The purpose of this publication is to provide basic descriptive information about the 100 largest school districts (ranked by student membership, that is, the number of students enrolled at the beginning of the school year) for the 2007–08 school year in the 50 states, the District of Columbia, Puerto Rico, the Bureau of Indian Education, the Department of Defense dependents schools (overseas and domestic), and the four outlying areas (American Samoa, Guam, the Commonwealth of the Northern Mariana Islands, and the U.S. Virgin Islands). In this report, the term "United States and jurisdictions" refers to these entities. This is different from most National Center for Education Statistics (NCES) reports, which include only the 50 states and the District of Columbia in the totals.
Over one in five public school students in the United States and jurisdictions is served by one of the 100 largest school districts (table 1). These districts are distinct from all school districts by characteristics other than just the size of their membership. They also vary by average school size, median pupil/teacher ratio, and the distribution of students in various racial and ethnic categories (tables 1 and 2).
In this report, the terms "public school districts," "school districts," and "elementary and secondary school districts" are used interchangeably. These include regular school districts; local supervisory unions that provide management services for a group of associated school districts; regional education service agencies that typically provide school districts with research, testing, and data processing services; state and federally operated agencies; and other agencies that do not fall into these groupings (e.g., charter schools reported as their own school districts). A "regular school district," a subset of "public school districts" or "school districts," is an agency responsible for providing free public education for school-age children residing within its jurisdiction. With the exception of the New York City Public Schools, New York, all of the 100 largest districts are regular school districts.1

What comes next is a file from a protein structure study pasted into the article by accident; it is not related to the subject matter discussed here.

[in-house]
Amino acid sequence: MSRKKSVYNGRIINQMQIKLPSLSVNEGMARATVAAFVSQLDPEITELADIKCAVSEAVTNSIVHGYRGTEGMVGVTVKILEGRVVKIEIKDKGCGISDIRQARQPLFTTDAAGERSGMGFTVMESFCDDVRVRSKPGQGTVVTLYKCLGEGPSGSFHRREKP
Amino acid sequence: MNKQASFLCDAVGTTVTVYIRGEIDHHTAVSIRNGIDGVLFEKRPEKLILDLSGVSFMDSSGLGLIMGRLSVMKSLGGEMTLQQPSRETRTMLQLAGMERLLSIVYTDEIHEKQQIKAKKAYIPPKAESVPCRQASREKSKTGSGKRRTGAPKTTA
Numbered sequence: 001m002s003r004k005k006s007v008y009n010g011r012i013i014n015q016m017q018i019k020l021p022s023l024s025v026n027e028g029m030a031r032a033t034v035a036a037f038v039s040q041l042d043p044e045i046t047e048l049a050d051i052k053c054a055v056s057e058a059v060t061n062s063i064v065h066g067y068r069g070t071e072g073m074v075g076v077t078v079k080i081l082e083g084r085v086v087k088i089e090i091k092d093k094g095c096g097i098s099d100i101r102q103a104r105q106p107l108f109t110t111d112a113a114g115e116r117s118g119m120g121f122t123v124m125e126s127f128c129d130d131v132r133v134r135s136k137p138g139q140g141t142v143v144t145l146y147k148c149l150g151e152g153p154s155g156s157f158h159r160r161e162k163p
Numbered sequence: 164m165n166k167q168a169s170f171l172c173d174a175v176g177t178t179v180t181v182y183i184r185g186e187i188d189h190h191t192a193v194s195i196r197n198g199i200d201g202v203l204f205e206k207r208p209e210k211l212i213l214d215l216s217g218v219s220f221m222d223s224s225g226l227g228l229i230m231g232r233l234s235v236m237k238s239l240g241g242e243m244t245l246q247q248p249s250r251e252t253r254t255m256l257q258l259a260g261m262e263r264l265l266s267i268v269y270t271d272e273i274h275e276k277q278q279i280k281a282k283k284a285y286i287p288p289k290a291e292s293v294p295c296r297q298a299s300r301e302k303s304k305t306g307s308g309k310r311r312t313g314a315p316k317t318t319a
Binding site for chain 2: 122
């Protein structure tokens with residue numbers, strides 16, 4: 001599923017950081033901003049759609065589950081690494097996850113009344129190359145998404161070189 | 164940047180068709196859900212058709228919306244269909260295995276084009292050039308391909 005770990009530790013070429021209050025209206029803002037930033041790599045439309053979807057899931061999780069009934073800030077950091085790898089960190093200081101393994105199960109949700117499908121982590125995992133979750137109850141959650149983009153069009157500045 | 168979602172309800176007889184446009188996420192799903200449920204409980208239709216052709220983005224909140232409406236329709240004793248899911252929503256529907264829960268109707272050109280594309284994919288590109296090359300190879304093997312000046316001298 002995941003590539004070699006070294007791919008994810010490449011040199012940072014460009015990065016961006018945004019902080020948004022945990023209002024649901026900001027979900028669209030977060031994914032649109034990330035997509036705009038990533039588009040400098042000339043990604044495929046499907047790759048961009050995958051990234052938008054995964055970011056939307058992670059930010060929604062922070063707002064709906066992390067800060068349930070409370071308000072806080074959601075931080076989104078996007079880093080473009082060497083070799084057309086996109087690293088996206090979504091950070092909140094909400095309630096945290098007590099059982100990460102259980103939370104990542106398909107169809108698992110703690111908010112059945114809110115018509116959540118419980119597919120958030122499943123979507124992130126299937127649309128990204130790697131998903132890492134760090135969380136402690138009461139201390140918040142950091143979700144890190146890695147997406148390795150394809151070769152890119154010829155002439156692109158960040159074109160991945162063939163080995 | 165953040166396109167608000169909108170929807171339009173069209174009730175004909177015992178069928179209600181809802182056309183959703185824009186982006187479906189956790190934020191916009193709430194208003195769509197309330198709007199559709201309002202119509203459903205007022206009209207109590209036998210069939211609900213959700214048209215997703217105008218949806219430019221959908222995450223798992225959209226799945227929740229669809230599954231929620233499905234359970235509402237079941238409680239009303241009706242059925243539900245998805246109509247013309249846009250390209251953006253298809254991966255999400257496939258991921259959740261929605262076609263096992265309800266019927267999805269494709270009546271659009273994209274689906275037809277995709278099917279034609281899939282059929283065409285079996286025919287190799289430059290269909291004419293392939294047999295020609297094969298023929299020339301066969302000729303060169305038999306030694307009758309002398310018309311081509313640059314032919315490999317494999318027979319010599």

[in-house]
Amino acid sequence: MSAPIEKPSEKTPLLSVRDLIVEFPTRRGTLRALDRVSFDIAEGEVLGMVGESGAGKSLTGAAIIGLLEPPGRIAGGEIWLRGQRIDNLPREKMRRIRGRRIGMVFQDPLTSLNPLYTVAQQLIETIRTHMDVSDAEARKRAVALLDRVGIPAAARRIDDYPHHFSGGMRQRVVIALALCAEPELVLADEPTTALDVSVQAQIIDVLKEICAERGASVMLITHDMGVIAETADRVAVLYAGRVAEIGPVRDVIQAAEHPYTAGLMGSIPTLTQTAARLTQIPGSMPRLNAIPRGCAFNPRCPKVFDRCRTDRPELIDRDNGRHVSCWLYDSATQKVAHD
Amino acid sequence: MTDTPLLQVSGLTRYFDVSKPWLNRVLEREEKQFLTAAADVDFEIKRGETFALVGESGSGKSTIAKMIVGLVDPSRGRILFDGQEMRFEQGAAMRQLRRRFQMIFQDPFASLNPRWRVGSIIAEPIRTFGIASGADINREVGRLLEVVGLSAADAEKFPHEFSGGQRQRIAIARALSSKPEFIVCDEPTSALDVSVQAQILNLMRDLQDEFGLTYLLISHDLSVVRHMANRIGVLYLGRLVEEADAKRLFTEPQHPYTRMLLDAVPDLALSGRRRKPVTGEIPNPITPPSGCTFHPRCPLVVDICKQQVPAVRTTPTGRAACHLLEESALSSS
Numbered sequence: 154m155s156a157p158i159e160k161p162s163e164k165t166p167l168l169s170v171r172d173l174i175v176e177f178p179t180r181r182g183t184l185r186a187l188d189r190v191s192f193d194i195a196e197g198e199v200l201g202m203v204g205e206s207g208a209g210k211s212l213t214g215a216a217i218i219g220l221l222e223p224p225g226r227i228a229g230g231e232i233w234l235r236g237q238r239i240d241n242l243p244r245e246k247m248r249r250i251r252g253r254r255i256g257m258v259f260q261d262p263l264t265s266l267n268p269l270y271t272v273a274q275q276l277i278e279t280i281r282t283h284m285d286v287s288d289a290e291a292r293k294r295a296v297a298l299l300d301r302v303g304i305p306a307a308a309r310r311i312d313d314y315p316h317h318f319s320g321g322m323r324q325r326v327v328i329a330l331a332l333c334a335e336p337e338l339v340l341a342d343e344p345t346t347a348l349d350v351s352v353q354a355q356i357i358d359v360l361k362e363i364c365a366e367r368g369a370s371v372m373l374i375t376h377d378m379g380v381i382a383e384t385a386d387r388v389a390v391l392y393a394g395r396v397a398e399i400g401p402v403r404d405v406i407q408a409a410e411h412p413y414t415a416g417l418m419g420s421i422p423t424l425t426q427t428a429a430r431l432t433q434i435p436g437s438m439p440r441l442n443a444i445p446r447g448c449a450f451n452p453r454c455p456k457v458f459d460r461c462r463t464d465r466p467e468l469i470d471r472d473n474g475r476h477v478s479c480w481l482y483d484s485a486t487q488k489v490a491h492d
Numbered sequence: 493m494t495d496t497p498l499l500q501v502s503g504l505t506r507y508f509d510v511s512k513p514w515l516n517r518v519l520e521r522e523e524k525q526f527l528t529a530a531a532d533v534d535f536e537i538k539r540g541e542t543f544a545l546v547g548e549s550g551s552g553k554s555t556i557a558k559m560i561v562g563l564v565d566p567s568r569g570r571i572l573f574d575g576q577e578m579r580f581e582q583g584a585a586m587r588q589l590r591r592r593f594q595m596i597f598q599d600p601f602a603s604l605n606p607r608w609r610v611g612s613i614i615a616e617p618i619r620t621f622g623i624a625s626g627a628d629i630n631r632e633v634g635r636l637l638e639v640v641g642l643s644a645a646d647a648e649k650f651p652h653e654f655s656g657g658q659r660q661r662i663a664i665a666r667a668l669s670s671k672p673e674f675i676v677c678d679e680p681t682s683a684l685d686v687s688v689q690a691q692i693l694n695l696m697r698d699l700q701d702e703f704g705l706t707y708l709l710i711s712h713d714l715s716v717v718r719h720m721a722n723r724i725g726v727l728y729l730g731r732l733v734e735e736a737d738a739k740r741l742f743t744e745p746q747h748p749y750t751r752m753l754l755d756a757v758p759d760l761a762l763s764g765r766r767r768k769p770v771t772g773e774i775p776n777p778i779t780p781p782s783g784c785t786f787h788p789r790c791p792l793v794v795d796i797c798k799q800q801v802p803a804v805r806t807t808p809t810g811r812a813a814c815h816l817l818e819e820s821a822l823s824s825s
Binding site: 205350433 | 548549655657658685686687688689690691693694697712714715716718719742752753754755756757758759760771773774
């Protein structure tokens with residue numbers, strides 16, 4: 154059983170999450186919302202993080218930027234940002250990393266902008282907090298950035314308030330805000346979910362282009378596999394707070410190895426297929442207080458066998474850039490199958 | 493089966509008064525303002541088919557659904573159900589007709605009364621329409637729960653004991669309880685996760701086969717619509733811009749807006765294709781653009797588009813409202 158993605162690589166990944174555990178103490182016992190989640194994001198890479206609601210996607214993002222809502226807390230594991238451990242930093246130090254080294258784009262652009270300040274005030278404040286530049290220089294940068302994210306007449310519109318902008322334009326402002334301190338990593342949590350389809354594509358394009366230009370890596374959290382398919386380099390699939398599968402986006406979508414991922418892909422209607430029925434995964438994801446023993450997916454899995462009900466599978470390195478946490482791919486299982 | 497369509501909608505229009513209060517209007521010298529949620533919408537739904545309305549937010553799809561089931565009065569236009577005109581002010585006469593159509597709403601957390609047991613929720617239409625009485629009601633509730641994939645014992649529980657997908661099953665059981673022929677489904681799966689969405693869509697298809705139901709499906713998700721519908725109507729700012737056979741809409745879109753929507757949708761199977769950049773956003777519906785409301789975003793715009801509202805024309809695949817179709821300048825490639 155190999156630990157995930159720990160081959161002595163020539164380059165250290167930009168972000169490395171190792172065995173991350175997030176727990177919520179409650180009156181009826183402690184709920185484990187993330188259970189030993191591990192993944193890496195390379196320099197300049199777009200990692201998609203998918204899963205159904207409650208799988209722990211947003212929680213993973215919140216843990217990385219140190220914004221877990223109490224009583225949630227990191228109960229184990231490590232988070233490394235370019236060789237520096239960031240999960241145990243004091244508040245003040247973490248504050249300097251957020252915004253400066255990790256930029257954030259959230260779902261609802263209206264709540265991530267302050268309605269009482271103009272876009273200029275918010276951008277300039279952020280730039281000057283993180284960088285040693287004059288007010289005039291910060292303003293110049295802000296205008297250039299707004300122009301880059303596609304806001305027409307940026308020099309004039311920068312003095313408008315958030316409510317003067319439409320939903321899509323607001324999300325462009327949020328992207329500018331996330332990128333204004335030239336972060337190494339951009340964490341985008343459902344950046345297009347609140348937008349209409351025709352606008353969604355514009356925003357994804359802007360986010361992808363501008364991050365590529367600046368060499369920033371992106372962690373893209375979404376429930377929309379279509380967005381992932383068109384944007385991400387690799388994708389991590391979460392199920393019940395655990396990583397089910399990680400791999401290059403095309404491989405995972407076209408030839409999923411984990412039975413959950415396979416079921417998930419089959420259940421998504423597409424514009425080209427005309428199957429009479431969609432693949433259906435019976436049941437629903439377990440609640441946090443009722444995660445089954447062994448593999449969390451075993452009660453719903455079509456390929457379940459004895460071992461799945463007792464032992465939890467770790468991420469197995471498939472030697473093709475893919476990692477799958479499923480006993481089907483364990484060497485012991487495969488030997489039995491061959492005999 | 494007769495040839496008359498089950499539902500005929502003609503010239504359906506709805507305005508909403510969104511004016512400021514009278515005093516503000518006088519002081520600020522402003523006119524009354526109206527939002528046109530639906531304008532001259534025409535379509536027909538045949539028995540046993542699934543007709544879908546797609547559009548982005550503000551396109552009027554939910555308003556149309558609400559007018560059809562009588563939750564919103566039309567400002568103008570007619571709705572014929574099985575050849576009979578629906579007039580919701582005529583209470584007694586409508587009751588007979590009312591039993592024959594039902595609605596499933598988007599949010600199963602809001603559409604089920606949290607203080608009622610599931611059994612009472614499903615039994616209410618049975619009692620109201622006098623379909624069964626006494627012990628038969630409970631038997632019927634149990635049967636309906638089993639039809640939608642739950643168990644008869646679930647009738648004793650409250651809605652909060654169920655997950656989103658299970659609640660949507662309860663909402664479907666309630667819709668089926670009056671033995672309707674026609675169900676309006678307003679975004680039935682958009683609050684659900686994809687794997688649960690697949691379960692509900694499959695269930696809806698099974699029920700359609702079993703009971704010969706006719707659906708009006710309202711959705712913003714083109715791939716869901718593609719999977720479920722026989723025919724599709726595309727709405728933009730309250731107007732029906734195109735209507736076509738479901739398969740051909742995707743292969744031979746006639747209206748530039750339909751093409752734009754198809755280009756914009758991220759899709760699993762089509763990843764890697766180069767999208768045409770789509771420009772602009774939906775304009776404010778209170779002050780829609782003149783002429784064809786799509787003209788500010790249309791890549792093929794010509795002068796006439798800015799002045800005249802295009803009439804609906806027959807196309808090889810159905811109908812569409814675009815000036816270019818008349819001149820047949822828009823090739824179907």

To provide context for the information on the 100 largest districts, tables 1–4 provide data for the United States and jurisdictions and data for the 100 largest school districts; tables 1 and 2 also include data for the 500 largest districts. Figure 1 shows the location of the 100 largest school districts. Appendix A presents basic data tables for the 100 largest school districts. Appendix D (tables D-1 to D-4) provides supplementary information about the 100 and 500 largest school districts. Table D-1 lists the 500 largest school districts with some identifying information. Table D-2 is an alphabetic list of the 500 largest districts that includes their rank by membership size. Table D-3 provides a count of the number of 100 largest districts by state. Table D-4 provides selected data for the 100 largest school districts in the 1997–98 school year for comparison with the data in table A-1 for the 2007–08 school year.